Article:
I have about a dozen 4-foot fluorescent shop lights in my basement and garage. They’re all hanging from chains and plugged into ceiling-mounted electrical outlets that are controlled by wall-mounted switches. They frequently have to be replaced because the cheap magnetic T12 ballasts in them go bad. On my last trip to buy a replacement I learned something I didn’t know and you may not either. T12 ballasts and some fluorescent bulbs are being phased out in the U.S. next year (2012) because of higher energy efficiency standards, although some exceptions are being made for residential use.
I don’t know if the residential exceptions will allow you to continue buying cheap ($10) shop light fixtures. I won’t be sorry to see them go because I’m tired of replacing them every 2 to 4 years. I’d already seen the video above and had decided that I was going to start repairing my shop lights with T8 electronic ballasts. So I came home from Home Depot with an $18 replacement ballast, a box of ten 32 watt T8 “daylight” bulbs and a new $30 T8 shop light fixture in case my repair failed.
Repair and upgrade was not that difficult
It wasn’t hard to repair my old shop light by replacing its T12 ballast. But I’m not going to describe how to do it because if you don’t do it right you can turn your shop light into an electrical or fire hazard. If you want to learn how then do a search for “T12 to T8 conversion” (without the quotes) and you’ll find many helpful web pages and videos. But I will give you this advice:
- Make certain you use the proper size wire nuts so there’s no chance your new connections will come apart. Vibrations and temperature changes can cause poor connections to become loose.
- Your new ballast will have to be attached and grounded to your light fixture using sheet metal or self-tapping screws. Make certain they won’t come loose and you scrape the paint off the ballast underneath your screws so they will make a good electrical connection.
- Make certain your power cord’s ground wire is also properly attached to the fixture.
- And make certain you unplug your light before you start working on it 🙂
- A 32 watt T8 bulb is slightly brighter than a 40 watt T12 bulb of the same kind. I’ve begun buying “”Daylight” bulbs because they are much brighter than “standard” fluorescent bulbs and they also seem to make colors appear more accurate. And because they use less power T8 bulbs also produce less heat. Which can be an advantage in air conditioned environments.
- Florescent bulbs dim over time and a T8 bulb won’t lose as much of its brightness as a T12 bulb will. A T12 bulb will lose about 20% of its initial brightness and a T8 will only lose about 10%.
- T12 lamps can flicker, hum and sometimes create a stroboscopic effect because they operate at low frequencies (120 or 100 Hz). T8 lamps won’t because their electronic ballasts operate at much higher frequencies (20,000 Hz).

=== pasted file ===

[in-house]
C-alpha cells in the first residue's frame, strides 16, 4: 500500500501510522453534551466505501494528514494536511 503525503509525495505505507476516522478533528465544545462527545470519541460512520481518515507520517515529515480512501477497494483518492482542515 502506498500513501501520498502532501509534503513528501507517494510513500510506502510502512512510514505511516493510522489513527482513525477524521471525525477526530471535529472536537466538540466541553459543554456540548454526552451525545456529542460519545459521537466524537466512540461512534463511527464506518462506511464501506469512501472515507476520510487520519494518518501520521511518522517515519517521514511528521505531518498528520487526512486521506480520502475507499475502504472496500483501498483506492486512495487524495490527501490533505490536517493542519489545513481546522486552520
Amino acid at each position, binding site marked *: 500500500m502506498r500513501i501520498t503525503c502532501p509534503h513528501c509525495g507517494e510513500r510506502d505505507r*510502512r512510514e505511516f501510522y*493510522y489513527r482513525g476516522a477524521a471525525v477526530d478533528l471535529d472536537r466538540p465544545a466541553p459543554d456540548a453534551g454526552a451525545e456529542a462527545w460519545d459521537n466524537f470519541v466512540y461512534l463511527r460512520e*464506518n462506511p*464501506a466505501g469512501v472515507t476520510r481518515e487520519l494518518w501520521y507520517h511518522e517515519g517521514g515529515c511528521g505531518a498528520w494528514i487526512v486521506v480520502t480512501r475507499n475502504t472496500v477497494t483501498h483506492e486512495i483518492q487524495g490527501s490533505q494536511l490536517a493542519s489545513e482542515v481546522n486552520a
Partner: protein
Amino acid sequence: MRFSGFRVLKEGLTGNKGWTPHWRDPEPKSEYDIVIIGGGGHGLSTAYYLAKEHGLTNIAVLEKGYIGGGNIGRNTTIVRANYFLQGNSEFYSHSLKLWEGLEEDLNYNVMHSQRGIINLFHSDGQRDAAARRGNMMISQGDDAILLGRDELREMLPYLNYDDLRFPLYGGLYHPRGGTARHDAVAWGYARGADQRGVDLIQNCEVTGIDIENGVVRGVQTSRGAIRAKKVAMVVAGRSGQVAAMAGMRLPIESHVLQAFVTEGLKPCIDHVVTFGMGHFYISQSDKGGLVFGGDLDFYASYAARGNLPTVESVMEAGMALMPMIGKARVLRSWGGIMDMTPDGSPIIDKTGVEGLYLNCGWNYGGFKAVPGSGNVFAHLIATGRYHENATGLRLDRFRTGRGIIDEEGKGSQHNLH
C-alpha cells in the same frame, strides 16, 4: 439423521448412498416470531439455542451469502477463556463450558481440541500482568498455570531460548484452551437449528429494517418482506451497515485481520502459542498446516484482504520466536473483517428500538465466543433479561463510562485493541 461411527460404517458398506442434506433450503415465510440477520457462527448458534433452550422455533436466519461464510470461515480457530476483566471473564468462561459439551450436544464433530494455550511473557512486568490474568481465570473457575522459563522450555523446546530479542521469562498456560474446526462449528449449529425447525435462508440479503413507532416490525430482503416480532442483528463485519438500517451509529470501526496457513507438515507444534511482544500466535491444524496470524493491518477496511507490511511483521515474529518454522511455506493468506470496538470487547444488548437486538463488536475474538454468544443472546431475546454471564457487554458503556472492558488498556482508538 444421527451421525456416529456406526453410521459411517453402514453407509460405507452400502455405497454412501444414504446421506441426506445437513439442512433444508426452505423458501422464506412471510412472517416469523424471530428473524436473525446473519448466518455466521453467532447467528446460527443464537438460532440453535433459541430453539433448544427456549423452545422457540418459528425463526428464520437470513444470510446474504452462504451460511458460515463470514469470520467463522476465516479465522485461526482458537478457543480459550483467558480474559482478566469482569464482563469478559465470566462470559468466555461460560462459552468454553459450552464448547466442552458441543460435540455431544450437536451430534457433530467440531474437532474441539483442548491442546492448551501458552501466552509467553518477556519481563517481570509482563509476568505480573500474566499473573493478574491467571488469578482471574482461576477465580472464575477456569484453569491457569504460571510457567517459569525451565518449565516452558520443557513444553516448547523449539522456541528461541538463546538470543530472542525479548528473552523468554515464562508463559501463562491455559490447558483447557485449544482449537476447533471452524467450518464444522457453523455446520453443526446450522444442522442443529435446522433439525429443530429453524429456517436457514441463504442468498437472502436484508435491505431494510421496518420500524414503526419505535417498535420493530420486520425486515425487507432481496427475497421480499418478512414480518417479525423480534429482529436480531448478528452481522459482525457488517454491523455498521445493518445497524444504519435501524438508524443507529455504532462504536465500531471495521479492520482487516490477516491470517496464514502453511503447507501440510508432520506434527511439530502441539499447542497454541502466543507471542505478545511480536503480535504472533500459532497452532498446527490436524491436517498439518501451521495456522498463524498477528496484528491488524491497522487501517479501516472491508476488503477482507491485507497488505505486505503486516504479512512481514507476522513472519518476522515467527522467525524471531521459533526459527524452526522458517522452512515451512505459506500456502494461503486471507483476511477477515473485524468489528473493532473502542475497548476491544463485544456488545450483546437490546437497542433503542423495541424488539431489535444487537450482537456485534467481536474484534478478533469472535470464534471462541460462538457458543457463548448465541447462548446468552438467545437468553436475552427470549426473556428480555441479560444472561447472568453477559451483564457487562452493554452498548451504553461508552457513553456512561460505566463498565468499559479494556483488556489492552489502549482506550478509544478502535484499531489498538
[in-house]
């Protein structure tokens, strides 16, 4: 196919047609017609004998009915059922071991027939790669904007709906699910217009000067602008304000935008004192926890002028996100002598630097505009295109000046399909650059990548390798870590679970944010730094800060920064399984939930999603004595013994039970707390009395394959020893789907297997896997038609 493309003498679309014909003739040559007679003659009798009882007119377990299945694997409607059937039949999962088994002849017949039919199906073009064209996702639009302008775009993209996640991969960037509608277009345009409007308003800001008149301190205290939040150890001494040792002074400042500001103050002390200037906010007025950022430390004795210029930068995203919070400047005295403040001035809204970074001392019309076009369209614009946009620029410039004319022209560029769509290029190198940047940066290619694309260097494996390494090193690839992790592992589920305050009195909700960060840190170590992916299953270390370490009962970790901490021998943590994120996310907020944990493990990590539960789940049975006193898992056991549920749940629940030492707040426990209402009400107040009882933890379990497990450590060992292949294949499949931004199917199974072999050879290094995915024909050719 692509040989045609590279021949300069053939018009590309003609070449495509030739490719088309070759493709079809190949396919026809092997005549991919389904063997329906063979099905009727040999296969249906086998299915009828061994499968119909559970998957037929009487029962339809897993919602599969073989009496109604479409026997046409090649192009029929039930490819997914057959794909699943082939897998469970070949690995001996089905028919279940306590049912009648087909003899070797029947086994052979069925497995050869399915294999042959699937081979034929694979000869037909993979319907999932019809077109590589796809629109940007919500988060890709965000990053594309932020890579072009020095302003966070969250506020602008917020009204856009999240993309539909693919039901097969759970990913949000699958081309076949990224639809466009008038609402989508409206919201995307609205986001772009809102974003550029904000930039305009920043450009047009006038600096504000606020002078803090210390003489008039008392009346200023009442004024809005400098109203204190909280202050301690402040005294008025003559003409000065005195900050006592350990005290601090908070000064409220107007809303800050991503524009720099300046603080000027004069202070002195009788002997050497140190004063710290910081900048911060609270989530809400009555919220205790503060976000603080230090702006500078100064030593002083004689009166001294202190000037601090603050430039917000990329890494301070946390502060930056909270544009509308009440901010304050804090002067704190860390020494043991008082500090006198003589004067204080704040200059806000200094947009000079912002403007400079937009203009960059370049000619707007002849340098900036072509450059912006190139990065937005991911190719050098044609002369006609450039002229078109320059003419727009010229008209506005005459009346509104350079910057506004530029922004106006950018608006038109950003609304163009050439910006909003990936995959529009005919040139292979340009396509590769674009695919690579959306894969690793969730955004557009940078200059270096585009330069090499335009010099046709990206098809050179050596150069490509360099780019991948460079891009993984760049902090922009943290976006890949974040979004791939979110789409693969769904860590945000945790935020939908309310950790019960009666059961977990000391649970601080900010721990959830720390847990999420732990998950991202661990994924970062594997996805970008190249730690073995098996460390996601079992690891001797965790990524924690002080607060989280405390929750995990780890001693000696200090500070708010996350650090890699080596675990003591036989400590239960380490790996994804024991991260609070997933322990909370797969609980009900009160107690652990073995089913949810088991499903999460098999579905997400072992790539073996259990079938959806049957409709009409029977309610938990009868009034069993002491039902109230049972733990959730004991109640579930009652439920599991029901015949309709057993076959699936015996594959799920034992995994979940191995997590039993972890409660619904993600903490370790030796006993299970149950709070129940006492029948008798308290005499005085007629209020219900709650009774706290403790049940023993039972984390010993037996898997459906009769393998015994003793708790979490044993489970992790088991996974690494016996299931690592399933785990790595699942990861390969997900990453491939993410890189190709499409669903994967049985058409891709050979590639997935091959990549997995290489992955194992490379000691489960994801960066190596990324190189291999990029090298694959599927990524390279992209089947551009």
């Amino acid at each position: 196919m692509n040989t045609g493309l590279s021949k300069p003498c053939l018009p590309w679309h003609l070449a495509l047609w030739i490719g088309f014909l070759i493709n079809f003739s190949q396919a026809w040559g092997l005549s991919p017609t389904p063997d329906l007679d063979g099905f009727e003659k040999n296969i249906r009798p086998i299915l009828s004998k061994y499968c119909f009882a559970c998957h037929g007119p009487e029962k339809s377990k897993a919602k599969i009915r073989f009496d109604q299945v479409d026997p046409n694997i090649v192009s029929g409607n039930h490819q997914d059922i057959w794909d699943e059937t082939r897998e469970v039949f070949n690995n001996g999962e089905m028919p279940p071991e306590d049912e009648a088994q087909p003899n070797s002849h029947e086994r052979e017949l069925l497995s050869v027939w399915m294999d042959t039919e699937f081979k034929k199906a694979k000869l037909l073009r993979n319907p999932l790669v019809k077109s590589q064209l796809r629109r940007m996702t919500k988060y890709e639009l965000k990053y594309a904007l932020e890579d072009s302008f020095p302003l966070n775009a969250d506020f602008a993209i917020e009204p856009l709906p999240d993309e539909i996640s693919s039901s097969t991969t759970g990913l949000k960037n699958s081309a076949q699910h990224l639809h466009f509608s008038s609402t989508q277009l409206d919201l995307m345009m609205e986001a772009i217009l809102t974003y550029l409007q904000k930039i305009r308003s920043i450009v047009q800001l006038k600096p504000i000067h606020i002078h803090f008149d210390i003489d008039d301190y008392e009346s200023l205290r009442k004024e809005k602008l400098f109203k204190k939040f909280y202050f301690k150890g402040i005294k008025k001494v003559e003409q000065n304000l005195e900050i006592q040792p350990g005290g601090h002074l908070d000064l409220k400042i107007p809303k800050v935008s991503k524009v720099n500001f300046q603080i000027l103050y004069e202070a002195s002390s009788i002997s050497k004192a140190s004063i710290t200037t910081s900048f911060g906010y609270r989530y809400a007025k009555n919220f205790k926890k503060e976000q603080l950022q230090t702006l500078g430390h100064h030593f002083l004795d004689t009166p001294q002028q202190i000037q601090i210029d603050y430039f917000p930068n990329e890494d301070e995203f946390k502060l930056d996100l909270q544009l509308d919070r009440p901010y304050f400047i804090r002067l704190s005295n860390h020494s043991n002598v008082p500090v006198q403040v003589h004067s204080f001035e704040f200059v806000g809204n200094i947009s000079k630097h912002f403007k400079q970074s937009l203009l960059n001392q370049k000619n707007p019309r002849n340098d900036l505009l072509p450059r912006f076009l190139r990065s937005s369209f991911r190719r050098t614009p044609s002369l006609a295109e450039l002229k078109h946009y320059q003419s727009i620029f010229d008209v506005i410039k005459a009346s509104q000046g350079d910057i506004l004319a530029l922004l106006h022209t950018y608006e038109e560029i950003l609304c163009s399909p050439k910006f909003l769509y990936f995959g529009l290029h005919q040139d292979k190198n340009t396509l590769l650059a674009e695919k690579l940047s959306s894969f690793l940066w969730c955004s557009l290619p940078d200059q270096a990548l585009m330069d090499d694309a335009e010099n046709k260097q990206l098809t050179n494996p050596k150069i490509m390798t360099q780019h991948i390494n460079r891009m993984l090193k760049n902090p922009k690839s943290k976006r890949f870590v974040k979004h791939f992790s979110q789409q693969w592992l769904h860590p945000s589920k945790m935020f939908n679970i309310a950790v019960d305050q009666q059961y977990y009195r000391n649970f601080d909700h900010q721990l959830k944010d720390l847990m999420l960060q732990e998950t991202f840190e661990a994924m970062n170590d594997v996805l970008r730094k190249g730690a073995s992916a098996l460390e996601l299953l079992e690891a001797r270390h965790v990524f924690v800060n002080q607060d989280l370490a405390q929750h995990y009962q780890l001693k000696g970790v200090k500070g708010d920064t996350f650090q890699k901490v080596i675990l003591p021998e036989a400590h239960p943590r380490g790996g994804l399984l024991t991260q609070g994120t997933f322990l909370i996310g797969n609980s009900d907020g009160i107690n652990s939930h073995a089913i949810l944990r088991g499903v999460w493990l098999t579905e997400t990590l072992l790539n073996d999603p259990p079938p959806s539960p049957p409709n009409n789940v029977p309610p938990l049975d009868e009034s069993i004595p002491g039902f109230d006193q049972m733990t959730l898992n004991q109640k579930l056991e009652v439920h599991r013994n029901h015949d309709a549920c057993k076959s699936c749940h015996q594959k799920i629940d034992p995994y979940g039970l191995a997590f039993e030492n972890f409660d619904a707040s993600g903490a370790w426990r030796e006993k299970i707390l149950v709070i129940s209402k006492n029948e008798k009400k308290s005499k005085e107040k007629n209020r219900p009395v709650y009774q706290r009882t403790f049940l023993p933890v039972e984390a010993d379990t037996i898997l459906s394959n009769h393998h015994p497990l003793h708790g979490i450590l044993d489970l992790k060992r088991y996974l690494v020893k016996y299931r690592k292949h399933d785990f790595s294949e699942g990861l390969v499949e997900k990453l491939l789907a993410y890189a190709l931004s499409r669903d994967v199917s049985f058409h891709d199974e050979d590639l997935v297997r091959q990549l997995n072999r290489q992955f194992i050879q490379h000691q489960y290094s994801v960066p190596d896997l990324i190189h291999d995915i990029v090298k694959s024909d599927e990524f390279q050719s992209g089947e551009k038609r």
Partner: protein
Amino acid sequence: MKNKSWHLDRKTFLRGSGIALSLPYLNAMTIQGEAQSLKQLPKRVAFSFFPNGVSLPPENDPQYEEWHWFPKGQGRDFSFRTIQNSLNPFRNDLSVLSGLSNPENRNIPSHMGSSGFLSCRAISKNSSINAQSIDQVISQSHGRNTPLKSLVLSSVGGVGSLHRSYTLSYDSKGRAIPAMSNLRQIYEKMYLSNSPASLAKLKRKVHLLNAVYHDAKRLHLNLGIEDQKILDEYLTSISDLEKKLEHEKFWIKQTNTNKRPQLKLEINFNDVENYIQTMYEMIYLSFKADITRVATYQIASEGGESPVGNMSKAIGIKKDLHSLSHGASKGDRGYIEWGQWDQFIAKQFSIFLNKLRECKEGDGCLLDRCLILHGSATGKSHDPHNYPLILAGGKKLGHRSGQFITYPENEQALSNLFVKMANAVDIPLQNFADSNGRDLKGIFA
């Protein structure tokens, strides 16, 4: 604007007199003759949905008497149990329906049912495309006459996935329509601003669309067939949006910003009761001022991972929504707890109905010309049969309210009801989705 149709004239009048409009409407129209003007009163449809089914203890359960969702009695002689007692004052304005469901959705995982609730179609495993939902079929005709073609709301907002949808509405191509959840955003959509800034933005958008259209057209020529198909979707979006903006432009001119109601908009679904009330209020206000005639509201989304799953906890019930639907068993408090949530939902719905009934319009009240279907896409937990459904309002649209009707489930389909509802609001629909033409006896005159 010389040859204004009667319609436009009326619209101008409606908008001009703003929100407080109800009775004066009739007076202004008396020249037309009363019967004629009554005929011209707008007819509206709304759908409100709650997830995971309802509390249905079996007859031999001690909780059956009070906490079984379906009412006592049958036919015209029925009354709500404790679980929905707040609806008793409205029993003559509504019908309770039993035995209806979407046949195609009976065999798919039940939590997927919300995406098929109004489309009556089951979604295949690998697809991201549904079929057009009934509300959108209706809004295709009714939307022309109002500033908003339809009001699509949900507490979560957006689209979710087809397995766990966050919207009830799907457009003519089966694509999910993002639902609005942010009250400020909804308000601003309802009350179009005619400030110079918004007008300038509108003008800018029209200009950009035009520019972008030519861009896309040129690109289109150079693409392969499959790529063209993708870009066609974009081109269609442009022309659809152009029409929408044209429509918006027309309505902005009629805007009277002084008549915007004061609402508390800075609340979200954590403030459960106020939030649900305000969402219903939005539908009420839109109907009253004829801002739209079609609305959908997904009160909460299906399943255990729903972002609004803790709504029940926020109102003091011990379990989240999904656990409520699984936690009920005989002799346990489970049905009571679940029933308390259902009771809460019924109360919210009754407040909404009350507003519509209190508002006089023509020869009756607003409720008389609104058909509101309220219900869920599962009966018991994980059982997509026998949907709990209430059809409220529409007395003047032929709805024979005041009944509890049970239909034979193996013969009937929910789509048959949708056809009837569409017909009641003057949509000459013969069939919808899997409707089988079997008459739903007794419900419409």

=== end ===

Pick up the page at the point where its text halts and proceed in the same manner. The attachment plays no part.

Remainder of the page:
- T8 ballasts can work at much lower temperatures than most T12 ballasts.
The only disadvantage I’ve seen so far is cost. I don’t remember there being much of a difference (if any) in cost between T12 and T8 bulbs.
But T8 light fixtures seem to cost at least twice as much as T12 fixtures. [Might still be true at Home Depot but Lowes sells a really nice T8 shop light for $15.] I’m also concerned about how long their ballasts will last.
4 thoughts on “Shop Light Upgrade & T12 Phase Out”
Greetings, I recently went out & purchased the mentioned ballasts at the local box store after seeing Bens youtube vid & blog post (http://benkrasnow.blogspot.com/2011/05/shop-lighting-upgrade-t5-vs-t8.html), but returned the pair of ballasts & bulbs after a bit of buyers remorse at the >$70 price tag to retrofit two T12 fixtures (I’ve got more than 8 to “fix”).
I recently found the same ballasts selling on ebay for $<90 shipped for a quantity of 10, which should cover all my strobing/humming T12 magnetic fixtures. Lately the strobing is so severe that I'm not sure if I'm in the garage or at a concert, instant headache!
When buying fixters or ballasts make sure you get the residental ones. If you use a raido in your shop/work area the industrial ballast will cause raido signal interferance and youll have poor reception if any at all.
I was in Walmart last night and noticed the shop lights they were selling. A dual light “T12” was $11 and a “T8” was $16. That’s the cheapest price I’ve seen so far for a T8 shop light. They they were both made by Lights of America.
All my florescent lighting down in the shop are the old T-12 lighting system. I went to my favorite large outfit as one was acting up and I wanted to replace it with another T12. The young man in the electrical shop informed me that all florescent lights are being replaced with the T8’s. There was a sale on over head lights with covers. All my lights are hard wired. The choice I have is to replace one side with all T8’s. I will end up with scrap metal which a friend will take. The florescent tubes will have to be taken to hazardous waste. There is no cost for this. The ballast will also have to be stripped out for hazardous waste. The wiring can be reclaimed. Since the T 8’s can be screwed to over head joist and the paint can be scraped for ground wires all that is necessary is to have the stress relievers hold the wiring which will also be salvaged from the old units, everything is straight forward and can be done within a few hours. Since the T8’s are on sale I have bought up enough to replace one side of the basement and not have to play with T12’s and its harmonics and flickering light anymore. I replaced enough T 12’s in these old units as well as our church. I was never so happy when they built a new church and found that every florescent light are T8’s and they have had no problems with them and are more energy efficient. Doc Ferguson